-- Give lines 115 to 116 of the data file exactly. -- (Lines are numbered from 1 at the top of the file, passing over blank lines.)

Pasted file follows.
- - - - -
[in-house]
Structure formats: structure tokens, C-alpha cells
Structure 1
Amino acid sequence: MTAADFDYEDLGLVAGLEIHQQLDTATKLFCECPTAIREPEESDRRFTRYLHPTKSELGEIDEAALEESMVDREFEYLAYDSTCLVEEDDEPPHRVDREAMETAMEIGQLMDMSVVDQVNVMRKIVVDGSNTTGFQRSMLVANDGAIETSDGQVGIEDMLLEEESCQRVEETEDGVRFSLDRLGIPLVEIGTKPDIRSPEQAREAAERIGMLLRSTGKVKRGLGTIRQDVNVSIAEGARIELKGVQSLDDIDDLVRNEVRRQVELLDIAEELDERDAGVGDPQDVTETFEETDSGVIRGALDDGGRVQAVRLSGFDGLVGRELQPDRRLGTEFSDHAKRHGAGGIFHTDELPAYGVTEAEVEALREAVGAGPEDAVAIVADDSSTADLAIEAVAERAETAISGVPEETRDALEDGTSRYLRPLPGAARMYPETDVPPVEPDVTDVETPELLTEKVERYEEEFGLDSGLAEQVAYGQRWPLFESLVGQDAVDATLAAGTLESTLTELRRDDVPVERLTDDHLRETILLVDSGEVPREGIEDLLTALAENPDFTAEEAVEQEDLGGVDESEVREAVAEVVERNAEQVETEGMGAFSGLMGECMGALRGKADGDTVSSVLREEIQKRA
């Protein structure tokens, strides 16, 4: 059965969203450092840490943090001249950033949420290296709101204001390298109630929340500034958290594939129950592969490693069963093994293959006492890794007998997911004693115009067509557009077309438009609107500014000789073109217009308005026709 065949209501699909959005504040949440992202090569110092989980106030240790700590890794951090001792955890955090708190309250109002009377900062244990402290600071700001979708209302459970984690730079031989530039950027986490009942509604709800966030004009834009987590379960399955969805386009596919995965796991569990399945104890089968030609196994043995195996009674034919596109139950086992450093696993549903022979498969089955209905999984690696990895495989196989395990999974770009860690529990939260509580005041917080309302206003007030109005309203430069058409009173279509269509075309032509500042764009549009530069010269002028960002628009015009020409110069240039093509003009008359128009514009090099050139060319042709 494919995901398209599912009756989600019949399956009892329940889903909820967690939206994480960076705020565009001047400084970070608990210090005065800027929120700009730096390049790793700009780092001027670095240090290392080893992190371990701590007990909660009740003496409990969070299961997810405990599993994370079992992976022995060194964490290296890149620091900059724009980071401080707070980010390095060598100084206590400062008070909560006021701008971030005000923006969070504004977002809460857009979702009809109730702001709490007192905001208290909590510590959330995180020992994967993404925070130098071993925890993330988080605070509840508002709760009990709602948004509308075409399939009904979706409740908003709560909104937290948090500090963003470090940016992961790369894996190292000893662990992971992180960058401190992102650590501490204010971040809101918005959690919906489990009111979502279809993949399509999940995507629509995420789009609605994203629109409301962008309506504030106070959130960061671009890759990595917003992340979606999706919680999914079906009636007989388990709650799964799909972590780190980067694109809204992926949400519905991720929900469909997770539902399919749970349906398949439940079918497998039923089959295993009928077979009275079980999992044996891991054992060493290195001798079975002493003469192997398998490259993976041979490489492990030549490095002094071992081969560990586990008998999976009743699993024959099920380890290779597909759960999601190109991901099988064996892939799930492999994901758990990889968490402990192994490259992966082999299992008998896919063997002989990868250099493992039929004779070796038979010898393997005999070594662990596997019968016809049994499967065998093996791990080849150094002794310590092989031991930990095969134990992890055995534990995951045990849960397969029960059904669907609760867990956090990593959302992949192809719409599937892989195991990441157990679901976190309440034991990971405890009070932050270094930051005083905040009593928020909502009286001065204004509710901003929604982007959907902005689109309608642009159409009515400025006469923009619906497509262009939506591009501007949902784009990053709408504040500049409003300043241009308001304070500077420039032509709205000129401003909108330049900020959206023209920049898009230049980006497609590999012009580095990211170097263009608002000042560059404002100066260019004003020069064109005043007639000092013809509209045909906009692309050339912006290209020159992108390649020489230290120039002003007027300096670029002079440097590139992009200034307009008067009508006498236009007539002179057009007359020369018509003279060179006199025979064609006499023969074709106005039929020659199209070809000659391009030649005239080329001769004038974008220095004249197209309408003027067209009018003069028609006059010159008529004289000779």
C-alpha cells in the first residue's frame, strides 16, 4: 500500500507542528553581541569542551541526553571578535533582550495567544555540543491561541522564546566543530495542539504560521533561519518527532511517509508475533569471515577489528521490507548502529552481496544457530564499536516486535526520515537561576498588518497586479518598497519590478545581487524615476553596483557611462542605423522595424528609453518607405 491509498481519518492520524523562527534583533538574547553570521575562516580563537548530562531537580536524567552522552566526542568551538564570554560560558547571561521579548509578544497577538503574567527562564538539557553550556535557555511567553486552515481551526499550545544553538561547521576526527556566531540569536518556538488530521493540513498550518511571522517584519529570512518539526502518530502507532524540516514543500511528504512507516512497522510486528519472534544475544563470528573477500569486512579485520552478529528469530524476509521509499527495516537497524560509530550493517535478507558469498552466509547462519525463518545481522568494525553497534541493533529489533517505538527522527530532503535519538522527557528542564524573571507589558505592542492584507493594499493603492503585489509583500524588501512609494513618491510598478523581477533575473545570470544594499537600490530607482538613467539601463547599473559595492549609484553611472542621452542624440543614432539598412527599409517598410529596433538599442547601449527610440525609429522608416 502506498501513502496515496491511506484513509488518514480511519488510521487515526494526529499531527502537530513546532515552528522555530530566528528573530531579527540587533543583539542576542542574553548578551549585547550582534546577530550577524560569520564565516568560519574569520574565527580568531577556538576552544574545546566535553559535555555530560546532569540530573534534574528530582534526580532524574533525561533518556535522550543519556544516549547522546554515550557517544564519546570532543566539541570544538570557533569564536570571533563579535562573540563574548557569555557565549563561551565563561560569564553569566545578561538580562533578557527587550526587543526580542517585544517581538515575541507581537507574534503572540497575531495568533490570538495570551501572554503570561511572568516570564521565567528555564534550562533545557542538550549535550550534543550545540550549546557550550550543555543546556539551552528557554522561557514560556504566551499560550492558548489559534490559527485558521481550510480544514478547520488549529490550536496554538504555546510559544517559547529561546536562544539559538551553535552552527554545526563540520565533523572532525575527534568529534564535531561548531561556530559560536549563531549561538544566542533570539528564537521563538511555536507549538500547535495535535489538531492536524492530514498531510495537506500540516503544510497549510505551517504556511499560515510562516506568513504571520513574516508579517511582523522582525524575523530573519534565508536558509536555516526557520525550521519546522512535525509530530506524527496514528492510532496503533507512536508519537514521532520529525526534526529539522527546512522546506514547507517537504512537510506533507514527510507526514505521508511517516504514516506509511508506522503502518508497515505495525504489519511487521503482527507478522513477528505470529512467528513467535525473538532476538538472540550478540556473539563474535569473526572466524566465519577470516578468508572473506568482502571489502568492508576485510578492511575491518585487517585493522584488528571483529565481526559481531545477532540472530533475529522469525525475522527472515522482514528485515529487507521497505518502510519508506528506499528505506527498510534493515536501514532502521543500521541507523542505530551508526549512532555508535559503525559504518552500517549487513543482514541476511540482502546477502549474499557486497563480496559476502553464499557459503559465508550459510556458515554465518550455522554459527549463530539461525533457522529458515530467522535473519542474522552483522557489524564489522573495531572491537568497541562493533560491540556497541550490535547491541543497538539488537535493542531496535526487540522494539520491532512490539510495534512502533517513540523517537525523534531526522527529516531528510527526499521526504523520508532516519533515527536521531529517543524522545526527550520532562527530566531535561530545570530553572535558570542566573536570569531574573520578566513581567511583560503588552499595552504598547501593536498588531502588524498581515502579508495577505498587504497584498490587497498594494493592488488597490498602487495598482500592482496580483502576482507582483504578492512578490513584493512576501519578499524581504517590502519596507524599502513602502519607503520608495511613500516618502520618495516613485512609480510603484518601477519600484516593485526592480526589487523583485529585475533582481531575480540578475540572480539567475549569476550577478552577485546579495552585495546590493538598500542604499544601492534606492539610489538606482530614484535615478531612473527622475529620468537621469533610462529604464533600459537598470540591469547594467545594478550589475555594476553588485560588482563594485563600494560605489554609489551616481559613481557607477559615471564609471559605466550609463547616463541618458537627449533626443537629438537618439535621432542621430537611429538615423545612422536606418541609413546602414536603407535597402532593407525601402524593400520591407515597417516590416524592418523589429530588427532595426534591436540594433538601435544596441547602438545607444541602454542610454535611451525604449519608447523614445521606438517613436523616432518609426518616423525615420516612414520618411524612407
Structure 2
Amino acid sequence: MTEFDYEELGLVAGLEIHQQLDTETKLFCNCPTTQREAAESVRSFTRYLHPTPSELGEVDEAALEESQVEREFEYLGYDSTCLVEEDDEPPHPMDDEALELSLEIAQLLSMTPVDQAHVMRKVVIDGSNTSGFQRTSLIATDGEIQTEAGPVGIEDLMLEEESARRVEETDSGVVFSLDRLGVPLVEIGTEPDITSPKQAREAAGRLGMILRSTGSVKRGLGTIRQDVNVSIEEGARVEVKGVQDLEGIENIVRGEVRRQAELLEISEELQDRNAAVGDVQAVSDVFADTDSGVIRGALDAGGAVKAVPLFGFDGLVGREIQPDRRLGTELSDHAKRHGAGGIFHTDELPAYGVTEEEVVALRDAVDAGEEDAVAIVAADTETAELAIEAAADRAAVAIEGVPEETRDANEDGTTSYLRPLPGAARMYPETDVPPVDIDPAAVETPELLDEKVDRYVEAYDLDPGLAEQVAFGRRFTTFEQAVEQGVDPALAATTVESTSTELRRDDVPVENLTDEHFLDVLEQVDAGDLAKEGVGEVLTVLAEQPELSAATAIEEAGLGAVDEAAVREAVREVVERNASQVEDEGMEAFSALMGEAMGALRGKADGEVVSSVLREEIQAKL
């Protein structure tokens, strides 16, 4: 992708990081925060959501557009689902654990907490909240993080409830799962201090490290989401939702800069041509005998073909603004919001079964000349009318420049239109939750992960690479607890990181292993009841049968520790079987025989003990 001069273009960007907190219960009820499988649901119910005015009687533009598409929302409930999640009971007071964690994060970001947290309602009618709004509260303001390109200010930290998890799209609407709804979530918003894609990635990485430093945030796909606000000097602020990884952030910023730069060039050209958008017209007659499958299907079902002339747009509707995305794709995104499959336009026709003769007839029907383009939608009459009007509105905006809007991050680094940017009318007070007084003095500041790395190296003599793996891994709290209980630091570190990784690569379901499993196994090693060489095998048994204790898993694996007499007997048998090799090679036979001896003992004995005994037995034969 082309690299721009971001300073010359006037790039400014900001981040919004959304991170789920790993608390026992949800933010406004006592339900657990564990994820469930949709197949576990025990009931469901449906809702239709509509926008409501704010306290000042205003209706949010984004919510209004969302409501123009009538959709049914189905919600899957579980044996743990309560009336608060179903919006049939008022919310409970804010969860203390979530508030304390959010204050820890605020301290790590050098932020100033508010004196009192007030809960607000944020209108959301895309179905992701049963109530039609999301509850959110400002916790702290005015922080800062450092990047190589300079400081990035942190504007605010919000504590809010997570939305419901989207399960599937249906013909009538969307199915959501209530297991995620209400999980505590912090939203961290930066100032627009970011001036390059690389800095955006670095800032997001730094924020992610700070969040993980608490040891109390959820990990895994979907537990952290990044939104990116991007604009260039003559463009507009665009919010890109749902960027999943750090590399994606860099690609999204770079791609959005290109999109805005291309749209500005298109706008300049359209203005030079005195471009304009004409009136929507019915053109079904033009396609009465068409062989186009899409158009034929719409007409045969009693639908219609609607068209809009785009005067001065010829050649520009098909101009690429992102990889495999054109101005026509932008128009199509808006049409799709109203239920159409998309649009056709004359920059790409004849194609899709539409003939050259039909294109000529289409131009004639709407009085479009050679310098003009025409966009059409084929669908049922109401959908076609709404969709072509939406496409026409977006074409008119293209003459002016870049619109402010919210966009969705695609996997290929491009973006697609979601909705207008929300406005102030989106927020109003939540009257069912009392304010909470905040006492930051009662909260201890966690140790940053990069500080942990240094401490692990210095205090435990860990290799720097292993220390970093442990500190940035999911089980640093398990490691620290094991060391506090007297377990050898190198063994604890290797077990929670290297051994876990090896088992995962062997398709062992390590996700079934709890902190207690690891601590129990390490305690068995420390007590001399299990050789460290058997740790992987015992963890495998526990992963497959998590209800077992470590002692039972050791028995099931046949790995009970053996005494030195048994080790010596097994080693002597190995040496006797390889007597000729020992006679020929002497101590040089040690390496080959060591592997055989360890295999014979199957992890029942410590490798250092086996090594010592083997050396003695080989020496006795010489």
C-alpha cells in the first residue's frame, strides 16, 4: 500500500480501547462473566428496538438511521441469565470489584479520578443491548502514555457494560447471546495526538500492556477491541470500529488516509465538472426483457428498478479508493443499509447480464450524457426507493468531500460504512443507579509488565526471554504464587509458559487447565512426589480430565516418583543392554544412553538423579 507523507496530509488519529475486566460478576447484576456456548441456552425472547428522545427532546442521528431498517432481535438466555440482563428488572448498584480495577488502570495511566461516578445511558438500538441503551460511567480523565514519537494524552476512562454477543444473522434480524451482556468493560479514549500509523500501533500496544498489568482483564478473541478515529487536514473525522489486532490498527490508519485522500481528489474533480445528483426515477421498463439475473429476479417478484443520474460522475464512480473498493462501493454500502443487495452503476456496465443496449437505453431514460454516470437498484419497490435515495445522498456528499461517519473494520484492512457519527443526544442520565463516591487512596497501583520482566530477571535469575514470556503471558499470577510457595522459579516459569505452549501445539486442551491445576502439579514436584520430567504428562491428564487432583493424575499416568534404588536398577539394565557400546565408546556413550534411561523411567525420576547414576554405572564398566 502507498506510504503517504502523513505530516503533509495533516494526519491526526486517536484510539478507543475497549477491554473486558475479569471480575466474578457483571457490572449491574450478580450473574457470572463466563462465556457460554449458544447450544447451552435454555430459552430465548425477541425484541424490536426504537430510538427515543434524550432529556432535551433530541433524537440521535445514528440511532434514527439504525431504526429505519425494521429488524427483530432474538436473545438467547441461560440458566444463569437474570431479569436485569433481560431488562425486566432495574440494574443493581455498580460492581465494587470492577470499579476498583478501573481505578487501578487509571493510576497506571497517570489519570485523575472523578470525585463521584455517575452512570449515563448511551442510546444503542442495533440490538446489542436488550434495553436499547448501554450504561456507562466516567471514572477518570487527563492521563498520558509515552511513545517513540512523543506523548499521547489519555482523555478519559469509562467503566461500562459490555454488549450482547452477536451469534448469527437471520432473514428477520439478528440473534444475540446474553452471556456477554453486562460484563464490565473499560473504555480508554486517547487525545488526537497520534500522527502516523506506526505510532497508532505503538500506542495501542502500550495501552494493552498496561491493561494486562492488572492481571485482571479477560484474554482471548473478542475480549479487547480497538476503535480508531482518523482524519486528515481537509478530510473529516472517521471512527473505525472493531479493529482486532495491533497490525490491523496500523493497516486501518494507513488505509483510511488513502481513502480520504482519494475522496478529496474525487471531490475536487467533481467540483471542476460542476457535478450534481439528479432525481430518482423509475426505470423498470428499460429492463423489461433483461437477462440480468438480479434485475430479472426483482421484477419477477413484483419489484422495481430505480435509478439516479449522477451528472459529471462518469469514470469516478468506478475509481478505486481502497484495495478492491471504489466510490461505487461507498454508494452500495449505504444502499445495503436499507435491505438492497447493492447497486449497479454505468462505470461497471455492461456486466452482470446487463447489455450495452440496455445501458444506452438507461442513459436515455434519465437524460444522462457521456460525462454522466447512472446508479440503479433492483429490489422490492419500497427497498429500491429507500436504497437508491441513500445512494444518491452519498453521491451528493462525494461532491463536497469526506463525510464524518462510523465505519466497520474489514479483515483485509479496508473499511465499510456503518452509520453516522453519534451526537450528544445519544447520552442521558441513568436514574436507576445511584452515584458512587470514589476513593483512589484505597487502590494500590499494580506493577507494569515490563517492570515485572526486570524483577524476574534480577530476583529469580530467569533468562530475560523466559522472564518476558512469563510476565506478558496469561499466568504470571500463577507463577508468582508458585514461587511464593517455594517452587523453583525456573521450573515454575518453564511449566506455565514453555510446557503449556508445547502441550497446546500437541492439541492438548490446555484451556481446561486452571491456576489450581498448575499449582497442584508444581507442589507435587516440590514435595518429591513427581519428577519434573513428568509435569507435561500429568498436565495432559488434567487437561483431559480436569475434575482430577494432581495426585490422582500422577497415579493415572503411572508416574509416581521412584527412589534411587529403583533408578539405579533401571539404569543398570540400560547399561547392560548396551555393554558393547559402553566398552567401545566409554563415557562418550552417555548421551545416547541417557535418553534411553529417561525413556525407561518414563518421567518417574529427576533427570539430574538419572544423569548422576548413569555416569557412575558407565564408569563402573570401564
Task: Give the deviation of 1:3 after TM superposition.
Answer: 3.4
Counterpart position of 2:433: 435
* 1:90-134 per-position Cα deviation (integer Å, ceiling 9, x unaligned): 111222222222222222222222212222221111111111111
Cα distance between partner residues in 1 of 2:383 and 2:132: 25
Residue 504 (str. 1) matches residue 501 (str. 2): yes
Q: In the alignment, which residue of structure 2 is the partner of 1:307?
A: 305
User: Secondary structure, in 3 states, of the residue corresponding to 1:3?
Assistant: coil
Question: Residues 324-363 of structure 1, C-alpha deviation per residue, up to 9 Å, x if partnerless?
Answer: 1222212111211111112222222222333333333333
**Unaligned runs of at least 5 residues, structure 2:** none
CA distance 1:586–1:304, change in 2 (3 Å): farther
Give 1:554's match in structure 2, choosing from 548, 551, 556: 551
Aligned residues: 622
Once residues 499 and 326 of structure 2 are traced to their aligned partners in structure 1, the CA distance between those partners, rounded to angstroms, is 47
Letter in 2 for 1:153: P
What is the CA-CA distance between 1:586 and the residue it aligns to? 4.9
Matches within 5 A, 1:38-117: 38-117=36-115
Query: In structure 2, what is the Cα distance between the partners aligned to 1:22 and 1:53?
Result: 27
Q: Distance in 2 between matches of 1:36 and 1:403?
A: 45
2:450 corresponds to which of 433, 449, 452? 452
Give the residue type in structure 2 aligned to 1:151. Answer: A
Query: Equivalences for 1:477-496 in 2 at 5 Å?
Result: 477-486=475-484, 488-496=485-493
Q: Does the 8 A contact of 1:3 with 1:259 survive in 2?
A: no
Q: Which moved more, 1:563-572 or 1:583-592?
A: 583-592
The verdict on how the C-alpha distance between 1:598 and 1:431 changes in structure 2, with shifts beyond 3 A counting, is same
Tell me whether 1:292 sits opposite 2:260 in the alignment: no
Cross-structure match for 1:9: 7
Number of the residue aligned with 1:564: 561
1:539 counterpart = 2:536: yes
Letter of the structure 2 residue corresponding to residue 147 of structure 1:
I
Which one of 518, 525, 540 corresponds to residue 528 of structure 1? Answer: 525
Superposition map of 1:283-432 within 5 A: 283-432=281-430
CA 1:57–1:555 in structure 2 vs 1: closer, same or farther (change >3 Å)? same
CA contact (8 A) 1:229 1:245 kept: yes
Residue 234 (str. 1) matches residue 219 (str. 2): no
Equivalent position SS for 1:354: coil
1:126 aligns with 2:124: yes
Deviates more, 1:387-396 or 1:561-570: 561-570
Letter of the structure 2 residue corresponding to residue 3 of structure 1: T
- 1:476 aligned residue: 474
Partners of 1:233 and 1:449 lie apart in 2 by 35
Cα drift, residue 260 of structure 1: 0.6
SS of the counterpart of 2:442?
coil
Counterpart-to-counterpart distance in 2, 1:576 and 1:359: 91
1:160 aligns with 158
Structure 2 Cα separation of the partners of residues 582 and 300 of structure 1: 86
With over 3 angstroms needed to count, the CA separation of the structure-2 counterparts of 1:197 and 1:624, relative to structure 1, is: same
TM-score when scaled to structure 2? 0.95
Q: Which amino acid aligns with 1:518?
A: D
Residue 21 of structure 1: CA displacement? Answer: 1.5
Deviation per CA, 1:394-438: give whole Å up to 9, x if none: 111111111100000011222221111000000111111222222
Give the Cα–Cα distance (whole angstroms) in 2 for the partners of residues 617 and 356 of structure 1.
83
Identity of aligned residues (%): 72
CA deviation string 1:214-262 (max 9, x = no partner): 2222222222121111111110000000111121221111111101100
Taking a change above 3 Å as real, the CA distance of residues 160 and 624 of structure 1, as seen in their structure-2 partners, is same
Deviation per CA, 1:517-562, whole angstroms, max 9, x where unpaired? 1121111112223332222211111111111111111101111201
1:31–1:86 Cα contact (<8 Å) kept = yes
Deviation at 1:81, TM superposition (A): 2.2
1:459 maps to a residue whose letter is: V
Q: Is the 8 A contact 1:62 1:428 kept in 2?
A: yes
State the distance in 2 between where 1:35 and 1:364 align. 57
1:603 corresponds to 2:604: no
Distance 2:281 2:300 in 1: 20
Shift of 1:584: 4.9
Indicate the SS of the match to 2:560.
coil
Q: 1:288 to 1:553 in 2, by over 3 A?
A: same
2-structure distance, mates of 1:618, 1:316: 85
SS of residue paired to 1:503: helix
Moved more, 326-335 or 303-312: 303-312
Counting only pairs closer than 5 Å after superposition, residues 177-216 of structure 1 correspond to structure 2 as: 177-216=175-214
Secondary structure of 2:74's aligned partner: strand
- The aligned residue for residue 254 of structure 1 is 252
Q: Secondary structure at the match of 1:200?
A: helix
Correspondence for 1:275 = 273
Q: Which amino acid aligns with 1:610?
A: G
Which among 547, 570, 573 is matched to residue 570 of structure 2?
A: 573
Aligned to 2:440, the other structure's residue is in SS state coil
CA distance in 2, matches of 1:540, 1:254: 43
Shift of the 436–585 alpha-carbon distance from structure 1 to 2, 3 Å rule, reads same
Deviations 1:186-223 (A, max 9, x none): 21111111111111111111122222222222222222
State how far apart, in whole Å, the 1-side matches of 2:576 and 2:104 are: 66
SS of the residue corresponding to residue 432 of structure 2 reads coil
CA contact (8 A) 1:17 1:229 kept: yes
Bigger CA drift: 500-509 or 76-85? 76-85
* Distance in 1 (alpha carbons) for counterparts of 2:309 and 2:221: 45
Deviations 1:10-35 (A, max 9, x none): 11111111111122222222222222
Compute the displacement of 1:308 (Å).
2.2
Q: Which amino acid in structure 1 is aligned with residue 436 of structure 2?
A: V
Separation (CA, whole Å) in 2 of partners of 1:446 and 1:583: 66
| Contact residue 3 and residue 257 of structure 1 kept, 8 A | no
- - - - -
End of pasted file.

Compute the displacement of 1:308 (Å).
2.2